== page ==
Rare 1912 Louis Sockalexis Real-Photo Postcard

Sold For: $1,320

Auction Year: 2017 spring

Lot: 1803

Item Year: 1912

Category: Post-1900 Baseball Memorabilia

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Real-photo postcard capturing Louis Sockalexis, the first Native American, and first recognized minority, to play in the National League. This is one of only three real-photo postcards featuring Sockalexis that we have ever seen and the only one to picture him alone (the other two, both of which are also offered elsewhere in this auction, picture him with other members of the Bangor Base Ball Club). It is also the rarest of the three. This is the first example of this particular Sockalexis postcard we have ever offered and can recall having seen just one other at auction. The formal studio photograph pictures Sockalexis seated, in uniform, as he gazes pensively at the camera. The preprinted text along the base reads "Louis Sockalexis Penobscot Tribe Old Towne, ME/Copyrighted 1912 by A.F. Orr of Old Town, ME." The postcard (3.5 x 5.25 inches), which bears no writing on the reverse and has not been postally used, displays a heavy diagonal crease in the upper-right corner, a small tear along the base of the left border, and a few minor surface blemishes. In Very Good condition overall.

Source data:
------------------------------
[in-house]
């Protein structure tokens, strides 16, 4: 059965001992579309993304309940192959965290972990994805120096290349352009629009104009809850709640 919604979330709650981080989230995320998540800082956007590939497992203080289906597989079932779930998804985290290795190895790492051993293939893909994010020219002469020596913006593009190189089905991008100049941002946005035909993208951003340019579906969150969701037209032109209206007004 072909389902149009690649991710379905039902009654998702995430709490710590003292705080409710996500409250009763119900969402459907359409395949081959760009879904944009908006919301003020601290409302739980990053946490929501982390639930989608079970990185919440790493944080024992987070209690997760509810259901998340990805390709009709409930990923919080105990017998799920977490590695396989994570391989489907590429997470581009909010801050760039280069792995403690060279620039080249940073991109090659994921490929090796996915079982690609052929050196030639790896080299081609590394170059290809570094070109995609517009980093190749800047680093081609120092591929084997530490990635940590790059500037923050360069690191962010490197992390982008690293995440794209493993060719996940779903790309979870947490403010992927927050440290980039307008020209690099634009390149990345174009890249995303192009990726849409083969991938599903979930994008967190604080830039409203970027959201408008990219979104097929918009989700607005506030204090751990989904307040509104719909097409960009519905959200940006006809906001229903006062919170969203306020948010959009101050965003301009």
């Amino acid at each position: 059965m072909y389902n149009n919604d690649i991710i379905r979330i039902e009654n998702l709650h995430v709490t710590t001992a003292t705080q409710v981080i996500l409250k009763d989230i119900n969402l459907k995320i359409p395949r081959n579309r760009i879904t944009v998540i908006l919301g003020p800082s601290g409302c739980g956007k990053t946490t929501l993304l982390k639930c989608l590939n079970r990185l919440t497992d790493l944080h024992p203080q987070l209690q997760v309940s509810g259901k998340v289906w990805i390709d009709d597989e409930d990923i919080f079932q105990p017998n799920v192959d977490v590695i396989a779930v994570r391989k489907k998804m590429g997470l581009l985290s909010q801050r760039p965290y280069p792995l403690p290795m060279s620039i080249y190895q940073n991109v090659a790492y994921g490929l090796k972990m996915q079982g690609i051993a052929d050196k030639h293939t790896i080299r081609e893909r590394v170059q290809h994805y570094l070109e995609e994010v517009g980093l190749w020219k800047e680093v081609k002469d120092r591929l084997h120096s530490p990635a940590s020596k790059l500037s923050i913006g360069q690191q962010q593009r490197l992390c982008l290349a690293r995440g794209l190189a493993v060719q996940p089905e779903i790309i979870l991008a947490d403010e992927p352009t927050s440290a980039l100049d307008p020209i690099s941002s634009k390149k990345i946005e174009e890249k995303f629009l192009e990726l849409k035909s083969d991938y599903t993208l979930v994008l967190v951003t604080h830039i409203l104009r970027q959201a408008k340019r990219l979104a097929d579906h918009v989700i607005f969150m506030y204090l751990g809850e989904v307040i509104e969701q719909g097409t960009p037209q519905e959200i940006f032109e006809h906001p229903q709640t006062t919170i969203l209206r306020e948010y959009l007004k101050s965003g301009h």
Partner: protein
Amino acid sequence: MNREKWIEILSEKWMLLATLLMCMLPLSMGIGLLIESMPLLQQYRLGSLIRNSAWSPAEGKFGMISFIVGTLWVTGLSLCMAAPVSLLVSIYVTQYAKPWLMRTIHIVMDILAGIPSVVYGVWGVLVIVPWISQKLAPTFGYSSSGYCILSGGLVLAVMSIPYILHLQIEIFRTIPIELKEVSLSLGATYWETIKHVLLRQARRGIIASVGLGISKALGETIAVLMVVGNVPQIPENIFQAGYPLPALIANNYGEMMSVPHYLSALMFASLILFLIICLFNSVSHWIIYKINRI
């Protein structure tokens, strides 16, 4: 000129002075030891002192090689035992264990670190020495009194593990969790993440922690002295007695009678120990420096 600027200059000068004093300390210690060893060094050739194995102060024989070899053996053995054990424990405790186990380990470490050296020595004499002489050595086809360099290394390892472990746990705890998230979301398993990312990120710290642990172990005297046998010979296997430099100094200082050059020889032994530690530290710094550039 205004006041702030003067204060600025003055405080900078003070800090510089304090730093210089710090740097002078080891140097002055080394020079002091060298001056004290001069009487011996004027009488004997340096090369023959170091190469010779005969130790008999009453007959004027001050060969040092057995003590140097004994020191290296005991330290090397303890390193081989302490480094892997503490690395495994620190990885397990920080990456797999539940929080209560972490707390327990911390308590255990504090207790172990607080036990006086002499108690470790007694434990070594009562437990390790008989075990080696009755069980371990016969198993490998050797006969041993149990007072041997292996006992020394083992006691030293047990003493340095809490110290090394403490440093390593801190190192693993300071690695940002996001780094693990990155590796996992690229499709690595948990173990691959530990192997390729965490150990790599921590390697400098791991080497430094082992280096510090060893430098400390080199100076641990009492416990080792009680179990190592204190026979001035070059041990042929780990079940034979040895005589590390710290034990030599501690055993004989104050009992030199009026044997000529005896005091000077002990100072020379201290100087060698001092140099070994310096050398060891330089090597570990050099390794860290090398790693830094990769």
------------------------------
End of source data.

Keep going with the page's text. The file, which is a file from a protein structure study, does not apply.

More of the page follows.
The story of Louis Sockalexis is one of the most tragic in baseball history. A member of the Penobscot tribe, Sockalexis was one of the most talented players of his time, but his dependence on the bottle abruptly ended his major league career just as it started. Sockalexis appeared in sixty-six games with the Cleveland Spiders in 1897, finishing the season with a .338 average while wowing the crowds with his spectacular defensive abilities in the outfield and his daring on the base paths. However, an ankle injury that season, combined with all-too-frequent drinking binges, ruined what was sure to be an outstanding pro career. Just two seasons later, after his appearances at the local taverns became much more frequent than his appearances at the ballpark, Cleveland released him. He never played in the major leagues again and died in 1913 at the age of forty-two. His popularity never waned, though, and in 1914, the Cleveland Naps were renamed the Indians in honor of Louis "Chief" Sockalexis. Reserve $500. Estimate (open).

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